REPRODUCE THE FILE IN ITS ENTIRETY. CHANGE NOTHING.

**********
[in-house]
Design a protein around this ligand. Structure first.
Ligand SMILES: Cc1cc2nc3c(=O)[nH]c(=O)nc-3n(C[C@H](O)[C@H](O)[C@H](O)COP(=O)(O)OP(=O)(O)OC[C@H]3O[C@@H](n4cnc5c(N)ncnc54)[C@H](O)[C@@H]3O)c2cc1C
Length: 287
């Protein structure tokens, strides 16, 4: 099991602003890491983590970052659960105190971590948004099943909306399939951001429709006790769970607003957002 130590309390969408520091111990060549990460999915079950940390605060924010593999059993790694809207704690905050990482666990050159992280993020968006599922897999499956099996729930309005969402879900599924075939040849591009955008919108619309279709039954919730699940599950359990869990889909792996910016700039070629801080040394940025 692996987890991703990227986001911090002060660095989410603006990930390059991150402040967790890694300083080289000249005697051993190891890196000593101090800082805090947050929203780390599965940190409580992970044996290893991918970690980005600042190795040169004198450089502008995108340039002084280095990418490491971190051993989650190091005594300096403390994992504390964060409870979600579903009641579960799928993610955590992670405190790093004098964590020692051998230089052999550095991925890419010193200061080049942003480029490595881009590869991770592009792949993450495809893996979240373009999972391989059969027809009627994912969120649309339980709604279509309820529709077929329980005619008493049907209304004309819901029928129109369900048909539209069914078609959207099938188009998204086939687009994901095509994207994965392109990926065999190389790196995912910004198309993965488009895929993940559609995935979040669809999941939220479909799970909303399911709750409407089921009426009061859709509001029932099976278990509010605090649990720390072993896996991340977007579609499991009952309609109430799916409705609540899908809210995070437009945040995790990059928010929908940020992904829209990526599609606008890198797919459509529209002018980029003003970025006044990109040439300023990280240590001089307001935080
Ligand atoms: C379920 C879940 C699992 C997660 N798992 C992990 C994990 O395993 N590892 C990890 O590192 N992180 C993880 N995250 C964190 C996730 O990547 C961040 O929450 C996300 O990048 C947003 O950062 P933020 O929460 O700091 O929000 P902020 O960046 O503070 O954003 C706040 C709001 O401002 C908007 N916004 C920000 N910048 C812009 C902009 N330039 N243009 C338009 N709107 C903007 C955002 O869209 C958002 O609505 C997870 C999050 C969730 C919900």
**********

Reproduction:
[in-house]
Design a protein around this ligand. Structure first.
Ligand SMILES: Cc1cc2nc3c(=O)[nH]c(=O)nc-3n(C[C@H](O)[C@H](O)[C@H](O)COP(=O)(O)OP(=O)(O)OC[C@H]3O[C@@H](n4cnc5c(N)ncnc54)[C@H](O)[C@@H]3O)c2cc1C
Length: 287
């Protein structure tokens, strides 16, 4: 099991602003890491983590970052659960105190971590948004099943909306399939951001429709006790769970607003957002 130590309390969408520091111990060549990460999915079950940390605060924010593999059993790694809207704690905050990482666990050159992280993020968006599922897999499956099996729930309005969402879900599924075939040849591009955008919108619309279709039954919730699940599950359990869990889909792996910016700039070629801080040394940025 692996987890991703990227986001911090002060660095989410603006990930390059991150402040967790890694300083080289000249005697051993190891890196000593101090800082805090947050929203780390599965940190409580992970044996290893991918970690980005600042190795040169004198450089502008995108340039002084280095990418490491971190051993989650190091005594300096403390994992504390964060409870979600579903009641579960799928993610955590992670405190790093004098964590020692051998230089052999550095991925890419010193200061080049942003480029490595881009590869991770592009792949993450495809893996979240373009999972391989059969027809009627994912969120649309339980709604279509309820529709077929329980005619008493049907209304004309819901029928129109369900048909539209069914078609959207099938188009998204086939687009994901095509994207994965392109990926065999190389790196995912910004198309993965488009895929993940559609995935979040669809999941939220479909799970909303399911709750409407089921009426009061859709509001029932099976278990509010605090649990720390072993896996991340977007579609499991009952309609109430799916409705609540899908809210995070437009945040995790990059928010929908940020992904829209990526599609606008890198797919459509529209002018980029003003970025006044990109040439300023990280240590001089307001935080
Ligand atoms: C379920 C879940 C699992 C997660 N798992 C992990 C994990 O395993 N590892 C990890 O590192 N992180 C993880 N995250 C964190 C996730 O990547 C961040 O929450 C996300 O990048 C947003 O950062 P933020 O929460 O700091 O929000 P902020 O960046 O503070 O954003 C706040 C709001 O401002 C908007 N916004 C920000 N910048 C812009 C902009 N330039 N243009 C338009 N709107 C903007 C955002 O869209 C958002 O609505 C997870 C999050 C969730 C919900």